Economists surveyed by Bloomberg had predicted the sentiment index would total 73, up from its readings of 71.6 in November and 67.7 in October. At the start of the recession in December 2007, the index was at 88.9.
U.S. GDP grew at a 3.2% pace in the fourth quarter, less than the 3.5% Bloomberg estimate, but faster than the 2.6% pace of growth of the third quarter. The stronger growth rate makes it more likely the U.S. economic recovery will progress to a self-sustaining expansion. The stock markets, however, are reacting badly today to the lower-than-forecast GDP report as well as to some earnings reports that disappointed investors.
That stronger U.S. economy helped boost the spirits of consumers, with the federal tax cut extension and hopes about an improving job market offsetting concerns about rising gasoline and food prices.
Tax Cut Extension Helps Boost Mood
"The tax cuts, nonetheless, helped to improve overall prospects for the national economy, including job prospects," Richard Curtin, director of the Thomson Reuters/University of Michigan survey, said in a statement, Reuters reported.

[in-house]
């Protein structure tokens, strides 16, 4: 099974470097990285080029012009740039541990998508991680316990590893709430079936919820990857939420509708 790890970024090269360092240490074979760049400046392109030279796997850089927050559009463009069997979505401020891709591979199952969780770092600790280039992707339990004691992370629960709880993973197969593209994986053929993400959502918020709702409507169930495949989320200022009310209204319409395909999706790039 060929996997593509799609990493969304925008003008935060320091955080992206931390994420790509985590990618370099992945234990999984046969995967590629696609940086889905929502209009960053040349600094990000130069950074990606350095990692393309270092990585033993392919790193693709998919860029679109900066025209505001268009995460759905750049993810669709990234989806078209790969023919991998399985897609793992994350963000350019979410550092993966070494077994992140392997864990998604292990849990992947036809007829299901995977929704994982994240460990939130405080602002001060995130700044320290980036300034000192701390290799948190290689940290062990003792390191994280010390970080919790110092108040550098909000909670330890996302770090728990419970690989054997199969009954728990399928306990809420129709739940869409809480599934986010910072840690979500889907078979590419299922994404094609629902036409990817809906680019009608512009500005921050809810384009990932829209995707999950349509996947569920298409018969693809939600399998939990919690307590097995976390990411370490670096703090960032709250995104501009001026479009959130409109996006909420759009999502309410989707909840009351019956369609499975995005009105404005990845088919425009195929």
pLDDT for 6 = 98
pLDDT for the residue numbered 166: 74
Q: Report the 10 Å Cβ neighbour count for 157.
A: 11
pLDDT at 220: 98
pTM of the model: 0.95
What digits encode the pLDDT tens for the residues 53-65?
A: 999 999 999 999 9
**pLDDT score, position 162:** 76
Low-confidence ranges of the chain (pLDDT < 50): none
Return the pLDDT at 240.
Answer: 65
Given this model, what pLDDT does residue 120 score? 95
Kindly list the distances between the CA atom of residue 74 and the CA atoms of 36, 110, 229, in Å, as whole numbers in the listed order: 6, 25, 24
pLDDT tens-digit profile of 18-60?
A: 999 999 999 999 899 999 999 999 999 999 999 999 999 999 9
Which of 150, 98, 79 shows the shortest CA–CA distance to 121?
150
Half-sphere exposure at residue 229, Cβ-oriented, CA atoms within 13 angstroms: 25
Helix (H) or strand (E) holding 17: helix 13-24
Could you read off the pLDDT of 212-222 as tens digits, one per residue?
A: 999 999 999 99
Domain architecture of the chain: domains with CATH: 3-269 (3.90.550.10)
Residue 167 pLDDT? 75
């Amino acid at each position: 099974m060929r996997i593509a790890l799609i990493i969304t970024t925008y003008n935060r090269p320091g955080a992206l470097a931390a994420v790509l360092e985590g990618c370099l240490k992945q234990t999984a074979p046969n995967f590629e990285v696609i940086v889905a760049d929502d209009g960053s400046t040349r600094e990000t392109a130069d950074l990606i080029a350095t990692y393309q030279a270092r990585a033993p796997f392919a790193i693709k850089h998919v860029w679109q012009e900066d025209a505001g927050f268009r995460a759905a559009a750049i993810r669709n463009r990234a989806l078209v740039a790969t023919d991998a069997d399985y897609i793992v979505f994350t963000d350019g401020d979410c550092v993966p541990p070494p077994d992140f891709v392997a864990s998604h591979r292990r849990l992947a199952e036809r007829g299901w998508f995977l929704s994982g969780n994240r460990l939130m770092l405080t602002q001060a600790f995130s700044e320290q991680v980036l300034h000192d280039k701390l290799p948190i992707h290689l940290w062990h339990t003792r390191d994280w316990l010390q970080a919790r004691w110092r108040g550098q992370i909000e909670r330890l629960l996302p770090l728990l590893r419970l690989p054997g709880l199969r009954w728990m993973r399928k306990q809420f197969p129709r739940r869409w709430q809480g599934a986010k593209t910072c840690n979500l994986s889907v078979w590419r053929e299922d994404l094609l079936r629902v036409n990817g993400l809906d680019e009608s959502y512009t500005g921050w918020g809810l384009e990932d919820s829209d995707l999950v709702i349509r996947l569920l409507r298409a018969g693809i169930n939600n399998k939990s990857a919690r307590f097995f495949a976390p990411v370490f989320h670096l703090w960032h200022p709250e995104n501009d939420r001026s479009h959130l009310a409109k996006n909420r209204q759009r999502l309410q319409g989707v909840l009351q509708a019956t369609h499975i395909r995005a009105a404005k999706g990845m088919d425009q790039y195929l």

However, the current economic conditions component of the index dropped from 85.3 in December to 81.8 in the final January tally, though it was higher compared to the 79.8 preliminary reading.
Also, the one-year inflation outlook rose to 3.4% in January from 3% in December and November, and 2.7% in October. The five-year inflation outlook rose to 2.9% in January, after registering three straight months at 2.8%.
January's consumer sentiment index result can be categorized as a qualified positive. On one hand, consumers are concerned about the large jump in gasoline prices, and the seemingly continuous gradual increases in food prices -- two trends can cut substantially into households' disposable income. On the other hand, consumers see encouraging signs in the stronger economy, solid corporate earnings, and in a job market in which the period of large layoffs appears to be over.